Know Your Foraging Area

Where you are foraging makes a big difference.

Those foraging in the mountains will be on the lookout for different types of plants than those looking in an urban park.

Additionally, different climate zones lead to different findings.

If you know what types of plants, weeds, and berries grow in your area, it will make it easier when you go foraging. 

You may want to start by learning what poisonous plants grow in your foraging area. 

[Related Read: Five Ways to Find Water in the Wilderness]

Start with Easy-to-Identify Plants and Berries

When you want to go foraging for the first time, start with easy-to-identify edible plants.

Here are some easy-to-find wild edibles:

  • Dandelions
  • Wild onion
  • Chickweed
  • Bittercress
  • Violets
  • Clover
  • Nettles
  • Elderflowers
  • Blackberries
  • Raspberries
  • Sweet chestnuts

This will help you gain confidence and prevent you from feeling overwhelmed.

Know What Areas to Avoid

When you go foraging, there are some areas you absolutely need to avoid.

For example, it’s unwise to go foraging in an area that is popular for pets to defecate.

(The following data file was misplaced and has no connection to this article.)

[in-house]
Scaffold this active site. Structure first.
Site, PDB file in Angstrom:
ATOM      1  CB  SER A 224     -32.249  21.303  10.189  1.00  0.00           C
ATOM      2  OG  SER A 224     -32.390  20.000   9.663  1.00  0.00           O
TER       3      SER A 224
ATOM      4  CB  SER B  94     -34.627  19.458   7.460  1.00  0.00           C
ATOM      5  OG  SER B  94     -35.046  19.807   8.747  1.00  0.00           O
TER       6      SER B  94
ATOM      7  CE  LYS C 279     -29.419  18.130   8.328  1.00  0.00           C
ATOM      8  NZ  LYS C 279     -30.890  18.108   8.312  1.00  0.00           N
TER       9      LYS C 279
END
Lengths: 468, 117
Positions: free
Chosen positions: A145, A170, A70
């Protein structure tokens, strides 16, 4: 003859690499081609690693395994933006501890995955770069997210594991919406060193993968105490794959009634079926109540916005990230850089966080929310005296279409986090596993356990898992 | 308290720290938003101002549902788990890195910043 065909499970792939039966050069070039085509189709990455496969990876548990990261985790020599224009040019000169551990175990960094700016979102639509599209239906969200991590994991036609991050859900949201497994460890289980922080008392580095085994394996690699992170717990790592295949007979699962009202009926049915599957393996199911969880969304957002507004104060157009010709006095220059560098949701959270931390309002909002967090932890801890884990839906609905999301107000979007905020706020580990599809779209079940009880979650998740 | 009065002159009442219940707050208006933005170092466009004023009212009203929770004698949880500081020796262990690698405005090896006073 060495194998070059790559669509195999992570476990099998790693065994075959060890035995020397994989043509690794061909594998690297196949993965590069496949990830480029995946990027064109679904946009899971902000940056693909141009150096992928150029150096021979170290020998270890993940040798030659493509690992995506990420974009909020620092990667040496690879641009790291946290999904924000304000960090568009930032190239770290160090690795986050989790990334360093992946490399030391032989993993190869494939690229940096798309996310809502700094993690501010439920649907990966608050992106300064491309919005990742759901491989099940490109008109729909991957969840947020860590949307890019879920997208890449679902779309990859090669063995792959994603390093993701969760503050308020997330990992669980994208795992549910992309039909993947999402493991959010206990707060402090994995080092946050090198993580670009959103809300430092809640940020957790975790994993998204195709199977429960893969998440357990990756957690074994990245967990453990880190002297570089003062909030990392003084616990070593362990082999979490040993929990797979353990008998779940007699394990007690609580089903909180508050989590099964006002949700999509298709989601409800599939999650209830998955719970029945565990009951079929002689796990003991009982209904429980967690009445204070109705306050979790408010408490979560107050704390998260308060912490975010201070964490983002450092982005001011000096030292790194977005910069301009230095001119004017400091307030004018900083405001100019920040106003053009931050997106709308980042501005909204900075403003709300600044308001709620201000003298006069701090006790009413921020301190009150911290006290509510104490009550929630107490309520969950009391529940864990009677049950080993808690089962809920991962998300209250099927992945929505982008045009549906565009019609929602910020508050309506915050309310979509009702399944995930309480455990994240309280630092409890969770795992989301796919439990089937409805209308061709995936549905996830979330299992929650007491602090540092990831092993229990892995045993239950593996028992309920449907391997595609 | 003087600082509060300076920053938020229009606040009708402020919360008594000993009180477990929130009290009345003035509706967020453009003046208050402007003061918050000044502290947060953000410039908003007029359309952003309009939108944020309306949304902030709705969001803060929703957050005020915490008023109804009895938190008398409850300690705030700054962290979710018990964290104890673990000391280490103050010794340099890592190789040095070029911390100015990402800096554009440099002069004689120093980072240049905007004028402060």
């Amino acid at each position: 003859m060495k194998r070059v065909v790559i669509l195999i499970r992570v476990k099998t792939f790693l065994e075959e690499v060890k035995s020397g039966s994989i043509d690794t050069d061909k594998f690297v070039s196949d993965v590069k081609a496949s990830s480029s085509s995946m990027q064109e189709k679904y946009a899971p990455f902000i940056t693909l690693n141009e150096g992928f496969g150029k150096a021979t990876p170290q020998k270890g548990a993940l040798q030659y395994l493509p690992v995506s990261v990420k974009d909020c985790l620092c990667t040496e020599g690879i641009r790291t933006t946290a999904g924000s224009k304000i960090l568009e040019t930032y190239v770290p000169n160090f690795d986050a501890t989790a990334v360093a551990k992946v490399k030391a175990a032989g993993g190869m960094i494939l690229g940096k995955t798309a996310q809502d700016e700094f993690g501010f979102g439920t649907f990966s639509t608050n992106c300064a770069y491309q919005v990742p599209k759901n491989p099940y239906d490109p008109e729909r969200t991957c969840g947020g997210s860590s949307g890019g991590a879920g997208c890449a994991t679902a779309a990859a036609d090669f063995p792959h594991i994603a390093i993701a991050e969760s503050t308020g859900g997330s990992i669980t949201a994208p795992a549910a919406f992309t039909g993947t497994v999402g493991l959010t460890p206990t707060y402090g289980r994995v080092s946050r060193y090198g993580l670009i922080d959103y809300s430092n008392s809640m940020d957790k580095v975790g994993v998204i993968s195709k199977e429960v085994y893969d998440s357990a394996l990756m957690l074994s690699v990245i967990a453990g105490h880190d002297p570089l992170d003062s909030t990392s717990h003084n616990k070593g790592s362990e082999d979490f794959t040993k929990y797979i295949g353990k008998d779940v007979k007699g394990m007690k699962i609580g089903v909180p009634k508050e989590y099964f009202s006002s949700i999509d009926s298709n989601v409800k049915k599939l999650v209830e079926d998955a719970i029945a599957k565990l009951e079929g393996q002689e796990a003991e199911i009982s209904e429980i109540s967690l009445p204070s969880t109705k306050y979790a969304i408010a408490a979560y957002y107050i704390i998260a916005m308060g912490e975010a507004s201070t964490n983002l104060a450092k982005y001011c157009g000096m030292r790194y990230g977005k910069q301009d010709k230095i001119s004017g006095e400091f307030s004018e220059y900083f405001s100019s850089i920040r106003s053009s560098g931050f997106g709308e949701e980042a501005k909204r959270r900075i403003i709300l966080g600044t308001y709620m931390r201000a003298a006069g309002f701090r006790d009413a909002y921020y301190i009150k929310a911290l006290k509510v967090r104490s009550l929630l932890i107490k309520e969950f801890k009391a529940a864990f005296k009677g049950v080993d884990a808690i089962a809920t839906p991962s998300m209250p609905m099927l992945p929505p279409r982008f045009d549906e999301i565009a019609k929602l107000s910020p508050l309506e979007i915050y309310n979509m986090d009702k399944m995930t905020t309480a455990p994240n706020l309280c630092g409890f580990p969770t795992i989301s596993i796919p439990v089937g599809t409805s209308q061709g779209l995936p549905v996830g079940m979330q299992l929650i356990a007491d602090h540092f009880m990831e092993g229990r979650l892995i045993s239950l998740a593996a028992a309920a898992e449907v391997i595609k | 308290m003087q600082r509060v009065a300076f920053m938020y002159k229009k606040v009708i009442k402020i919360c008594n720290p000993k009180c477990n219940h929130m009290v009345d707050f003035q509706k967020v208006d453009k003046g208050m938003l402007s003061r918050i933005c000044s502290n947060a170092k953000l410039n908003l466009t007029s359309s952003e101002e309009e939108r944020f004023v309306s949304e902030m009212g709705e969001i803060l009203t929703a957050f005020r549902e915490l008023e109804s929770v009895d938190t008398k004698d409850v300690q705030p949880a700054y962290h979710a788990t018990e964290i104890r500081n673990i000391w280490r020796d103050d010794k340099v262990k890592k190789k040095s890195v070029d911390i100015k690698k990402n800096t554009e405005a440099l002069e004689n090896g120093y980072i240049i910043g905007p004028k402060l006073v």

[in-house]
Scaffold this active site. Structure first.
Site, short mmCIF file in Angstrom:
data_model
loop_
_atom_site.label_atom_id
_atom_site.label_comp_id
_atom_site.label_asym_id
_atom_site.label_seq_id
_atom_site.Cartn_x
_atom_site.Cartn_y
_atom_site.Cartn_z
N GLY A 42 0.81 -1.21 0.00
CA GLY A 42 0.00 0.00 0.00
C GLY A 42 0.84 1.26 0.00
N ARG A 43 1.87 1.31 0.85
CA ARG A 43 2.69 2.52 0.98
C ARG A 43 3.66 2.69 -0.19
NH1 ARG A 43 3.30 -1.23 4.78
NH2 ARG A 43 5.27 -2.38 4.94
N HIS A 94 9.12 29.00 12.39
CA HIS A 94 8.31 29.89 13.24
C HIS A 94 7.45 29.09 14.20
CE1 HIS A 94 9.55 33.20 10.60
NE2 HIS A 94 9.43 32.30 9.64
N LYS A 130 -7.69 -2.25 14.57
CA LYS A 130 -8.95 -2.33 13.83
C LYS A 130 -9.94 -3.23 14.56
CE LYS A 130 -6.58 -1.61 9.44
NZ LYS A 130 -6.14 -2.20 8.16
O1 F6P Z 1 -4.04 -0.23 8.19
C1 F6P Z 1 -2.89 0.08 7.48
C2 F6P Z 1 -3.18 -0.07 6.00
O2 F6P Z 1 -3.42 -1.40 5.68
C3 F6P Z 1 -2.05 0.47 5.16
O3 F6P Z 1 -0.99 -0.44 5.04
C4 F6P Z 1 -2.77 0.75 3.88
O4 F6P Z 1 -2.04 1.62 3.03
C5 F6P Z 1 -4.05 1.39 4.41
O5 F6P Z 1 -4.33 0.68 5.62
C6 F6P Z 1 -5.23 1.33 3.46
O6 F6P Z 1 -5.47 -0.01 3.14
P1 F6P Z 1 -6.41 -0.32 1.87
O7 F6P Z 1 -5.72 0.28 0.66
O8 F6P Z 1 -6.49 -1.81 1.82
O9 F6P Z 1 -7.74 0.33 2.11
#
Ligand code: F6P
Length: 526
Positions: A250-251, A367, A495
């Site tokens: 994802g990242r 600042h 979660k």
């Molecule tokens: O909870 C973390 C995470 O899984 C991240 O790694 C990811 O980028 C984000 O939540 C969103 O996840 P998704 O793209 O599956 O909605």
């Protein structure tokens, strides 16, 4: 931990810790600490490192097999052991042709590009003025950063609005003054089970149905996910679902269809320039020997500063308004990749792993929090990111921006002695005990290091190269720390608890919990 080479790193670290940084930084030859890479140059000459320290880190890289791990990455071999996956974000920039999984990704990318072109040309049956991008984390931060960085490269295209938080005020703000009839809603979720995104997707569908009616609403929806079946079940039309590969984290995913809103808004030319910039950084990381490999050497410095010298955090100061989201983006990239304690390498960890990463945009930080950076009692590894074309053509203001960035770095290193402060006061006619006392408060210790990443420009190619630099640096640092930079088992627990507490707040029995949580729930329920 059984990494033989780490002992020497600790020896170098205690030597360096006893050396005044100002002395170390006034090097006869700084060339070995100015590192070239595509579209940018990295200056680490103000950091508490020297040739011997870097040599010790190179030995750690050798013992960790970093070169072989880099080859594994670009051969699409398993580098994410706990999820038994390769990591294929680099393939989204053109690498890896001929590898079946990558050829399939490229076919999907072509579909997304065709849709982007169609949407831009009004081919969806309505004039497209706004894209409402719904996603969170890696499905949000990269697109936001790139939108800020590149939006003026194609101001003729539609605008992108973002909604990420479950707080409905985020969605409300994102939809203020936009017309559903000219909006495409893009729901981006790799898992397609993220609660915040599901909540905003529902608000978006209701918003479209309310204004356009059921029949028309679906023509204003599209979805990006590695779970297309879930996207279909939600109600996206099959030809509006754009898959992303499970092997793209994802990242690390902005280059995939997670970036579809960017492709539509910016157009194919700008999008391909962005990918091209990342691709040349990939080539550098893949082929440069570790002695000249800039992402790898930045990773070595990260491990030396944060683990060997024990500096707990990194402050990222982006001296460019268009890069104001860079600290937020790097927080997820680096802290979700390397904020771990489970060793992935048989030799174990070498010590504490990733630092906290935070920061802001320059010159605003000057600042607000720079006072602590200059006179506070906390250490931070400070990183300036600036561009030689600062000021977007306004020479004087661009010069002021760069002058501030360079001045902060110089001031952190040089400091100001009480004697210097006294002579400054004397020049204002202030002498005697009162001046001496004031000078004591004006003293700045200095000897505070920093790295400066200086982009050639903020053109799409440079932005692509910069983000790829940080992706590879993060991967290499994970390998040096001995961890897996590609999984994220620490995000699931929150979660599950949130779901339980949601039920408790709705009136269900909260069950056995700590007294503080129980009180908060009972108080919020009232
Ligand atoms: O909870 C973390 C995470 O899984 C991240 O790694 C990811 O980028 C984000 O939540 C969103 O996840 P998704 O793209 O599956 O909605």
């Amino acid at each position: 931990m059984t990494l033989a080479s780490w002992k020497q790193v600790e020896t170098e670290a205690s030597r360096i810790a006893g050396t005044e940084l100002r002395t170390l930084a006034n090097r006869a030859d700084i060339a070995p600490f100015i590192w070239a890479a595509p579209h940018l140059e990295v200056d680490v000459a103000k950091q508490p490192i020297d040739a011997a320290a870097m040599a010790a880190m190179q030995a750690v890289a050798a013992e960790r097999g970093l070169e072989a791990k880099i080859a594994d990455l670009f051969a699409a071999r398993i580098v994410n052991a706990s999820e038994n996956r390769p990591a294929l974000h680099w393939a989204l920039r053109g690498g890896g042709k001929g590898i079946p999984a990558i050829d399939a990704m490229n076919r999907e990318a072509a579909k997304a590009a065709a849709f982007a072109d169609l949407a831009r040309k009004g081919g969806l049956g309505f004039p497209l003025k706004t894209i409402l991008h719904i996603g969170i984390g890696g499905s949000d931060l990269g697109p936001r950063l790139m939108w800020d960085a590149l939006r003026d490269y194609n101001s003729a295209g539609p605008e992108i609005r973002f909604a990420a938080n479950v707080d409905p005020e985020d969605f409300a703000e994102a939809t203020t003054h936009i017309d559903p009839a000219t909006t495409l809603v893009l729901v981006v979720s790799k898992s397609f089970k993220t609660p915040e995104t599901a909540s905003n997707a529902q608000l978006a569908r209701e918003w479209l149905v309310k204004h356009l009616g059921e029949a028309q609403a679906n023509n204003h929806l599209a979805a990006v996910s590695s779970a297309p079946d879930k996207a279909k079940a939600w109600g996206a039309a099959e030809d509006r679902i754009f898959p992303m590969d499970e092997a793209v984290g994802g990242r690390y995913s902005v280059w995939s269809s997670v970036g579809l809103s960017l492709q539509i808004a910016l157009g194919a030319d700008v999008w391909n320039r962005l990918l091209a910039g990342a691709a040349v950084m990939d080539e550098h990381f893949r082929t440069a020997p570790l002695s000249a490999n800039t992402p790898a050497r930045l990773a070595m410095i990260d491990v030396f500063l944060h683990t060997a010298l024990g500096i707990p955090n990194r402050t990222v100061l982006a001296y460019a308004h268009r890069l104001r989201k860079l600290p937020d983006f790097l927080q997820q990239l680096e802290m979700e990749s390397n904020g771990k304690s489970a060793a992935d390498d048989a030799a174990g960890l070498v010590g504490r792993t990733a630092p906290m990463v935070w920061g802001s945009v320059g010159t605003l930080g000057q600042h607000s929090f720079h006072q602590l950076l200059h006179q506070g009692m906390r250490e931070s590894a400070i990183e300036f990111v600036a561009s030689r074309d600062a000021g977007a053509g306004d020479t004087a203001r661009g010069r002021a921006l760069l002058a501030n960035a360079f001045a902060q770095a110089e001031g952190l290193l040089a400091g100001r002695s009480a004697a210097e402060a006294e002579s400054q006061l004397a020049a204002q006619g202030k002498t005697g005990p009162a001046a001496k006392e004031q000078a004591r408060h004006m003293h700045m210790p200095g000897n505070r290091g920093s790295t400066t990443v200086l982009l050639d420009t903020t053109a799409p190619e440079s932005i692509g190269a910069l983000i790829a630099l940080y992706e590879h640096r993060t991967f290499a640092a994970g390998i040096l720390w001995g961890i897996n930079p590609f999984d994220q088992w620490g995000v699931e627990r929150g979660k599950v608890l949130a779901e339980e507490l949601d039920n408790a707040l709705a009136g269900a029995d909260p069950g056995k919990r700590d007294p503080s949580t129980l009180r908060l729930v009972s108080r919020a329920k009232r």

Similarly, you want to avoid areas that may have been contaminated by chemicals, such as areas treated with pesticides or herbicides.

You should also stay away from busy roadways where exhaust, oils, and other substances from vehicles can make their way to the vegetation nearby.

Keep in mind that there are also some places where foraging is prohibited, such as protected wilderness areas.

A brown basket filled with mushrooms that have been foraged in the woods.

Bring the Right Supplies

There are a few things you should always take with you when you go foraging.

  • Cutting Tool: A cutting tool is essential. Foraging doesn’t mean ripping plants and their roots from the ground. True foraging involves cutting only what you need and leaving the rest to continue to grow. 
  • Basket or Bag: Always bring something along to carry the edible foods you find.